The Track and the Field, or Studying What You Love

By Amanda Draft 

This blog entry began as I was sitting in an airport en route to Montreal for roller derby; specifically, the International Women’s Flat Track Derby Association (WFTDA) Division 1 Playoffs. As a top-level skater working as an academic studying my own subculture, the ongoing struggle of balancing these “competing devotions” (Blair-Loy 2003) is so central to my life that it has become the focus of my dissertation research. This is not the first time that I have had to use Tetris-like precision to make it work, nor will it be the last.

Modern roller derby is most likened to what Robert Stebbins refers to as “serious leisure,” an activity that often requires the same levels of devotion and resources as a professional work career without the financial benefit. No one in derby is paid to skate, but by completing my dissertation on the sport, the line between “leisure” and “work” becomes very blurry.  Furthermore, a tendency exists for academics with pre-existing ties to certain subcultures, such as music (Haenfler 2006; Wood 2006; Moore 2007) and sport (Wheaton 2000; Broad 2001), to conduct ethnographic research within their own communities, though initial immersion may be spurred by the research (Sands 2002; Wacquant 2004). Within derby, the trend is the same.

While all research is embodied to some extent, my role as a complete participant in my Master’s research on embodiment in derby made this salient and exhausting, as others studying and playing the sport have experienced (Breeze 2014). Simultaneously, I learned the roles of researcher and athlete in a sport that was still struggling to embrace the concept. Similarly to Wacquant’s account of “the craft getting pounded in (2004:91)” as he typed field notes with numb hands and throbbing body pain, I would fight mental and physical fatigue while writing my account of another bone-jarring late night practice, repeating the process up to 6 times a week during the heavy travel season. The cost was well worth the pay-off; by being a skater myself, the complaints and triumphant remarks from skaters about our bodies made more sense, as I was living these alongside them.draft-photo

When I began the project as a rookie, I learned and eagerly believed in the sport’s ideologies of acceptance, that anyone could be taught to be a derby skater regardless of skill, size, or experience. As a sociologist, my job was (and still is) to remain critical. The resulting auto/ethnographic project on the sport examined various  discourses surrounding bodies espoused by derby participants. The derby community (including myself) proudly claims that “size doesn’t matter,” contrasting it vividly to many other women’s sports, such as gymnastics and ice skating, that require a narrowly-defined body type for ideal performance.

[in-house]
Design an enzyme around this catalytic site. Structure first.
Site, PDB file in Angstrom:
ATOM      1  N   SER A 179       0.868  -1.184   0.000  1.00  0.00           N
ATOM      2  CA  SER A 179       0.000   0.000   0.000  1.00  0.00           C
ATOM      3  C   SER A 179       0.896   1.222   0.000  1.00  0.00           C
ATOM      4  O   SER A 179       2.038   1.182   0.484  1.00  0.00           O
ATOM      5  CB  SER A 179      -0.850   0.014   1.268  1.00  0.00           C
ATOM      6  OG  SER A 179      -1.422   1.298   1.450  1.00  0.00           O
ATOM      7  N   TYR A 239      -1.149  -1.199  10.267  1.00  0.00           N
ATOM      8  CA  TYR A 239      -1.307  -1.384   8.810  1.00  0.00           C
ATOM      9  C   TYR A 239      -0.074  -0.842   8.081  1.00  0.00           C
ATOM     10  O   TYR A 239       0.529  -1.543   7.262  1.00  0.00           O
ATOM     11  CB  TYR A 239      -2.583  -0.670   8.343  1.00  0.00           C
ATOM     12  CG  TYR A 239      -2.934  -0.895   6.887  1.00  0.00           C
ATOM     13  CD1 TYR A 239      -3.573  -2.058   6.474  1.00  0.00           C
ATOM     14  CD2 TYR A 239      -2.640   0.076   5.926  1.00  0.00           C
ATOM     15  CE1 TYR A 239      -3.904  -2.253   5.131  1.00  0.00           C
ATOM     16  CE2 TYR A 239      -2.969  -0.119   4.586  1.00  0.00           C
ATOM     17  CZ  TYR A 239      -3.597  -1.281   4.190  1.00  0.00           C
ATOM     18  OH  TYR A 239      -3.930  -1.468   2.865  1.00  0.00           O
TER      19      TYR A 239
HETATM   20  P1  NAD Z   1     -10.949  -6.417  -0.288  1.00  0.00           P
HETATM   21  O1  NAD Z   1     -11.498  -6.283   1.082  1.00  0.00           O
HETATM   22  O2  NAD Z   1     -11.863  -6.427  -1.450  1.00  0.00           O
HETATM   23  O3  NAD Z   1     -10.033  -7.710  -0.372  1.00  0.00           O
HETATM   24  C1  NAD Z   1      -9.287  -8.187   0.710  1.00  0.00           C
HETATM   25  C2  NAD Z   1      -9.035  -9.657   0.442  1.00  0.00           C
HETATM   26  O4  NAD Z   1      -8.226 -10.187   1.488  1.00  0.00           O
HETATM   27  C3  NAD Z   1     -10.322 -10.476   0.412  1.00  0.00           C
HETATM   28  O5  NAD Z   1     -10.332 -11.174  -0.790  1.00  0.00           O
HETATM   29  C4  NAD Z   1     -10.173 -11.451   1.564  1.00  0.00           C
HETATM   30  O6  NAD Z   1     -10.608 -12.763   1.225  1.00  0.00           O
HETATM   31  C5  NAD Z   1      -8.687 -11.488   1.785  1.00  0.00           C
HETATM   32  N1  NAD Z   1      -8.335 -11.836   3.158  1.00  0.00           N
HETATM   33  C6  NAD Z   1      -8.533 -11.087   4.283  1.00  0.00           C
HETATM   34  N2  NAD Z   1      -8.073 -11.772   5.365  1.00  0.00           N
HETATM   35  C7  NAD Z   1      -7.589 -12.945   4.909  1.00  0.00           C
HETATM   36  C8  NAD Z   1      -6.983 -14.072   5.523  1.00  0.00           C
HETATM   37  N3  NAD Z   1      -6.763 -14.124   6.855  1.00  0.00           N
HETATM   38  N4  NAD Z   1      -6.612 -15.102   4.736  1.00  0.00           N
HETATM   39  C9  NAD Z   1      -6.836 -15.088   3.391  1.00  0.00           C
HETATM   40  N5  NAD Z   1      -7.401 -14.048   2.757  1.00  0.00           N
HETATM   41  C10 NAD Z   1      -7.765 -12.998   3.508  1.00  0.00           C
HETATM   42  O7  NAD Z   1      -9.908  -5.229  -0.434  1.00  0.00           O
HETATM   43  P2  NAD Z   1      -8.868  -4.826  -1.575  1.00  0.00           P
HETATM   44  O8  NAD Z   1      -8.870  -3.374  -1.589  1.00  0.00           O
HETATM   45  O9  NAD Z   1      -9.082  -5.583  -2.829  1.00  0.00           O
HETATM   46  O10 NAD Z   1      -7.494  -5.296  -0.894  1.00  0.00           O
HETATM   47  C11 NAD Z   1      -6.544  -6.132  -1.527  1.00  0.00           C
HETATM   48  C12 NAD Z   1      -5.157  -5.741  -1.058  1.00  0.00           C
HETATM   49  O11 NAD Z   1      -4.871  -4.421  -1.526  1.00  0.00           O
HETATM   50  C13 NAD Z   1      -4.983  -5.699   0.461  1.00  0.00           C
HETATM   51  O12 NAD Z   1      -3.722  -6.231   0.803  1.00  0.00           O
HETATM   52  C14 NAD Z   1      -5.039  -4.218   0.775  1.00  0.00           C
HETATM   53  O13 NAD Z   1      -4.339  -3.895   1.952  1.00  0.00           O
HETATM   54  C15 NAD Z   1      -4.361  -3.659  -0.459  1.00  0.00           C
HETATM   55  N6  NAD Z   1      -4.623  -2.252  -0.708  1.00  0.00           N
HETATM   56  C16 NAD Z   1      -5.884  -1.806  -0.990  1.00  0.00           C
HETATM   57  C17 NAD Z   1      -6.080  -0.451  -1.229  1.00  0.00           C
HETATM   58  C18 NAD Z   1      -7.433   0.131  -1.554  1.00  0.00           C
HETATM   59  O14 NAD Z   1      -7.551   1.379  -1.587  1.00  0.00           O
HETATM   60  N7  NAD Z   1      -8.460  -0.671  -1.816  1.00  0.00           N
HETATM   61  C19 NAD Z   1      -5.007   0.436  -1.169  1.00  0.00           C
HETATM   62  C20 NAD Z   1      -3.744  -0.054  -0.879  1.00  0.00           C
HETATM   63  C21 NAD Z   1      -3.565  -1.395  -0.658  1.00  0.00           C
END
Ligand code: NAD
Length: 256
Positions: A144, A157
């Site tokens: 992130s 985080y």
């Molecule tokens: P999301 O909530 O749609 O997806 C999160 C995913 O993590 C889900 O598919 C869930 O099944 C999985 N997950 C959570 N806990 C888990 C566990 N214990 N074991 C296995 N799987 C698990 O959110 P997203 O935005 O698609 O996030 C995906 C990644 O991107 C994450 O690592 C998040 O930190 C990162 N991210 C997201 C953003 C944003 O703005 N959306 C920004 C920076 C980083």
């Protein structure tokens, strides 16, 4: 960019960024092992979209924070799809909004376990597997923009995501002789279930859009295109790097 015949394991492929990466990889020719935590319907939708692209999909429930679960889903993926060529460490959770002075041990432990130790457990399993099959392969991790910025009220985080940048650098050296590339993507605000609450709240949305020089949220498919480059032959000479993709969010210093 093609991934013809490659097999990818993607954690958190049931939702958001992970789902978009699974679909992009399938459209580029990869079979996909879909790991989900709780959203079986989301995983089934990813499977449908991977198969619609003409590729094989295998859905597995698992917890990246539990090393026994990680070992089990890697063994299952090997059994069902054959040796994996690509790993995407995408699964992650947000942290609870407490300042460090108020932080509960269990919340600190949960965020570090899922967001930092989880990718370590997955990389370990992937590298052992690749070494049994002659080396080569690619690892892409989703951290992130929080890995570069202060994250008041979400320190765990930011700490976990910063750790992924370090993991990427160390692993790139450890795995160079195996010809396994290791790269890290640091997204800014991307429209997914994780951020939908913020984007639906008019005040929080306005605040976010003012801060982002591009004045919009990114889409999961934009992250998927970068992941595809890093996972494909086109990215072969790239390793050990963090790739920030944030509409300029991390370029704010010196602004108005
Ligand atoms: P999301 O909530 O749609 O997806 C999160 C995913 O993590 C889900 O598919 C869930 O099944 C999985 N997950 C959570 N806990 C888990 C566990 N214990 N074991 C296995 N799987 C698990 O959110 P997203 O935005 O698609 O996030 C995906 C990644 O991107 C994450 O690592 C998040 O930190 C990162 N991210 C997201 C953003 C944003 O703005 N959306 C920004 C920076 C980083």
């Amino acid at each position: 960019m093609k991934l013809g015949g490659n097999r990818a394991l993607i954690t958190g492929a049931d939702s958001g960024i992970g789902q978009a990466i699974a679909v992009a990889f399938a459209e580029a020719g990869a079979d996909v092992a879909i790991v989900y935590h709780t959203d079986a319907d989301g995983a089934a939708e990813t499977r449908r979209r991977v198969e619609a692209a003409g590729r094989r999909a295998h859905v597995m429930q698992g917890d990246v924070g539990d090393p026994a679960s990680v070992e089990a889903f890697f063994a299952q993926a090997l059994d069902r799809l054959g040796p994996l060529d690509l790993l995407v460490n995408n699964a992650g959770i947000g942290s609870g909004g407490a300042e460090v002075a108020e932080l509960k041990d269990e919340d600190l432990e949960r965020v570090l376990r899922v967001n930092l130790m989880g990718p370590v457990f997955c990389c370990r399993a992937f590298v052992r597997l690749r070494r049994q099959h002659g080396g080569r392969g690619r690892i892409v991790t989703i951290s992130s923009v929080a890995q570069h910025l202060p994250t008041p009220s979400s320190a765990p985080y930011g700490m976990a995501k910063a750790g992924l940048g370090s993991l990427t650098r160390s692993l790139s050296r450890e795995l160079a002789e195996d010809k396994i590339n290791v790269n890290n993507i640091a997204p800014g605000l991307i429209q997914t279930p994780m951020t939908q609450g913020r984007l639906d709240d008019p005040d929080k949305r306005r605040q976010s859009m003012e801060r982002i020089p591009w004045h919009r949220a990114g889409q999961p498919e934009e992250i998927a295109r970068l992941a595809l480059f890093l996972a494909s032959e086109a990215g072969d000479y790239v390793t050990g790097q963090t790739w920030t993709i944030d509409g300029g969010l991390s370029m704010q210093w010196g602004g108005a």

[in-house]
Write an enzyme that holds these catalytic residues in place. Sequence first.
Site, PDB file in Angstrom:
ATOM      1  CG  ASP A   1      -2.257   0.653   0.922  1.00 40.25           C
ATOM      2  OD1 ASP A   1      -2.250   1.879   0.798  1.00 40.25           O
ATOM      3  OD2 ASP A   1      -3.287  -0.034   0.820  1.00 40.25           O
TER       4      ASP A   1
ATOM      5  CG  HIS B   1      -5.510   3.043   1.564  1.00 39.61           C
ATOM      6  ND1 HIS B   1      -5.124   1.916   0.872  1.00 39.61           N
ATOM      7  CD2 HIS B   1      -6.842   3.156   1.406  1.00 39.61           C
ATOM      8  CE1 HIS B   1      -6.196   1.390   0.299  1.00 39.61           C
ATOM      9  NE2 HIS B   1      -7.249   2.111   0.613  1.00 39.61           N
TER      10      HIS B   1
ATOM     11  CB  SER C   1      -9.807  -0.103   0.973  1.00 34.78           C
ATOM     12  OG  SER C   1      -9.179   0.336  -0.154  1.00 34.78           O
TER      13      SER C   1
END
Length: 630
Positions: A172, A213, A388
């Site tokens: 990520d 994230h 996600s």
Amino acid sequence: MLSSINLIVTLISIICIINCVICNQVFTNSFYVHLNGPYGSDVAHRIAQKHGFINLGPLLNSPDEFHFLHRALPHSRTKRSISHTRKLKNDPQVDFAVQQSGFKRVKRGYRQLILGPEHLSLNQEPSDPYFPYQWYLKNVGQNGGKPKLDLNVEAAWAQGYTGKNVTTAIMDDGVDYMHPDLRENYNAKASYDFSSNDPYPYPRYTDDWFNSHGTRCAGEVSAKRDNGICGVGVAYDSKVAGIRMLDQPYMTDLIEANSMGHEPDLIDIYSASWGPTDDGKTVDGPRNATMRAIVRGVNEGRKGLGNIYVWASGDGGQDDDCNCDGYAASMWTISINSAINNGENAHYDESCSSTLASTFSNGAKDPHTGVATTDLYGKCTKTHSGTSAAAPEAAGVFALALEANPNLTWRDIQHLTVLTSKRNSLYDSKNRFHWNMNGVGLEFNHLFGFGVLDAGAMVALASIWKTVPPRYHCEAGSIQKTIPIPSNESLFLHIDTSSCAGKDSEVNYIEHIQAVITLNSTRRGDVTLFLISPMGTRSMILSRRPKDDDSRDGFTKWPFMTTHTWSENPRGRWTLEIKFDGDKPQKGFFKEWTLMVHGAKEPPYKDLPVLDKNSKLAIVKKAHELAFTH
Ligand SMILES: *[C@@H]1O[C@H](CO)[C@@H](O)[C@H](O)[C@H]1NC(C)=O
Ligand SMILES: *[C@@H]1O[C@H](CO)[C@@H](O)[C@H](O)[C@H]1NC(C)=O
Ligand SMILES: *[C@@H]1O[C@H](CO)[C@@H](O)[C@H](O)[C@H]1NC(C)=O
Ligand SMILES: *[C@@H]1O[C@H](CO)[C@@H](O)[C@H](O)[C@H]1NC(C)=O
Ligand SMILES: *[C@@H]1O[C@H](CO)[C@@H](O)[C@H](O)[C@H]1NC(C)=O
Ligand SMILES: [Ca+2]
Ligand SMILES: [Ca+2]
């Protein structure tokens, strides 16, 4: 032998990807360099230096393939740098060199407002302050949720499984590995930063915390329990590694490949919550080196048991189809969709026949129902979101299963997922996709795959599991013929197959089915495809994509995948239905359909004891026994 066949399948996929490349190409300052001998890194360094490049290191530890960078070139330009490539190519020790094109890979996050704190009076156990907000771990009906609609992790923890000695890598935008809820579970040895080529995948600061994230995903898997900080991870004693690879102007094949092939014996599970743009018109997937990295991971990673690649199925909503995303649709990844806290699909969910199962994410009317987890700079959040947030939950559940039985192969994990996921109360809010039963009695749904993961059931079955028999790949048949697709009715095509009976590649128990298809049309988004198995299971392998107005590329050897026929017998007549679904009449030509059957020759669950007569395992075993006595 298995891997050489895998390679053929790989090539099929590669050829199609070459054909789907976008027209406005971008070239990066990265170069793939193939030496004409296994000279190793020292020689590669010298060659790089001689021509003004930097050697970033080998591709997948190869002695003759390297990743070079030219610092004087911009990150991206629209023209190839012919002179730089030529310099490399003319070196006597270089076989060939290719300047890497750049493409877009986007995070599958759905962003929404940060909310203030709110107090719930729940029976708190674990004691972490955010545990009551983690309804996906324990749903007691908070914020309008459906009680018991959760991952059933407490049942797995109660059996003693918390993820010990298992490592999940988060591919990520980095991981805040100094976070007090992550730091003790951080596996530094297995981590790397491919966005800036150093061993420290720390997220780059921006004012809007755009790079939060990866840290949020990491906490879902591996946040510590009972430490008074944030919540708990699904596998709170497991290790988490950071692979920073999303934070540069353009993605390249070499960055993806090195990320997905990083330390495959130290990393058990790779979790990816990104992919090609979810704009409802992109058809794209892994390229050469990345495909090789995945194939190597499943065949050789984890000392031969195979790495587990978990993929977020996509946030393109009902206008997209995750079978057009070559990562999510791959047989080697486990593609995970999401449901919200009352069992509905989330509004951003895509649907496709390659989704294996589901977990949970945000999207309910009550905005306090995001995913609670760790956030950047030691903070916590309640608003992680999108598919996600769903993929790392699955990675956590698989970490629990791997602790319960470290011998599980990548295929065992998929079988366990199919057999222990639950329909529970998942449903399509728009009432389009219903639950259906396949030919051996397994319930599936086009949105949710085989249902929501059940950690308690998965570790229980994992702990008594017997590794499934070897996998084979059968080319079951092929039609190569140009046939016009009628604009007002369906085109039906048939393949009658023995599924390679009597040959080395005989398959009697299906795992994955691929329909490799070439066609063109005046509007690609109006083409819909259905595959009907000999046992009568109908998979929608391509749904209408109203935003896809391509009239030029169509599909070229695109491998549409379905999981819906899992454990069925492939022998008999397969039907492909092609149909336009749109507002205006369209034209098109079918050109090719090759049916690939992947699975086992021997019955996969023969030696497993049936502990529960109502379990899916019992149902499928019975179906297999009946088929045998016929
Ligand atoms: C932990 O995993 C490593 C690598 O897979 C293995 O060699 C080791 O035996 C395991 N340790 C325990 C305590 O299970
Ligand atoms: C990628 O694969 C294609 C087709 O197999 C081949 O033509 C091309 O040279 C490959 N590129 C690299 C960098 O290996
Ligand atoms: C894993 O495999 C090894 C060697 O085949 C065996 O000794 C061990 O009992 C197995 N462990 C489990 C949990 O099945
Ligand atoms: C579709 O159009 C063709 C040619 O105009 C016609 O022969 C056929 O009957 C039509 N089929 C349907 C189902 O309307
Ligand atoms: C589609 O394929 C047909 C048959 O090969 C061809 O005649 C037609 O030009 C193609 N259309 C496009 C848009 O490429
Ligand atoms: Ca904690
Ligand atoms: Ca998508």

However, other discourses uncomfortably coexist and even contradict this ideal: a push for “serious athleticism,” and a “bigger is better” counter-argument to unrealistic standards of thinness that works in the reverse. Most academic derby research is critical of the sport, and with my work, I run the risk of “spoiling” an activity I love (Rossing and Scott 2016), of airing “dirty laundry” of a sport already struggling for mainstream acceptance, carrying feelings of both betrayal and pride as I continue to participate.

Within the postmodern turn, we exist within contradiction and multiplicity, and derby is no stranger to those concepts (Pavlidis and Fullagar 2013). For the moment, there is a thin, broken line between where “research” ends and where “derby for derby’s sake” begins. I settle for both: marveling at the newest top-of-the-line derby skate boot while wondering how the skater who designed it finds time to clean their house between practice and work.

Amanda Draft is a doctoral candidate in Sociology at Wayne State University in Detroit, MI. She is currently completing her dissertation on life course-fit among roller derby participants. Her research interests include gender, sport, the body, and subcultures. Her article “Sizing Up Skaters: An Interrogation of  Body Discourses in Elite Women’s Flat Track Roller Derby” is forthcoming in Women in Sport & Physical Activity Journal.

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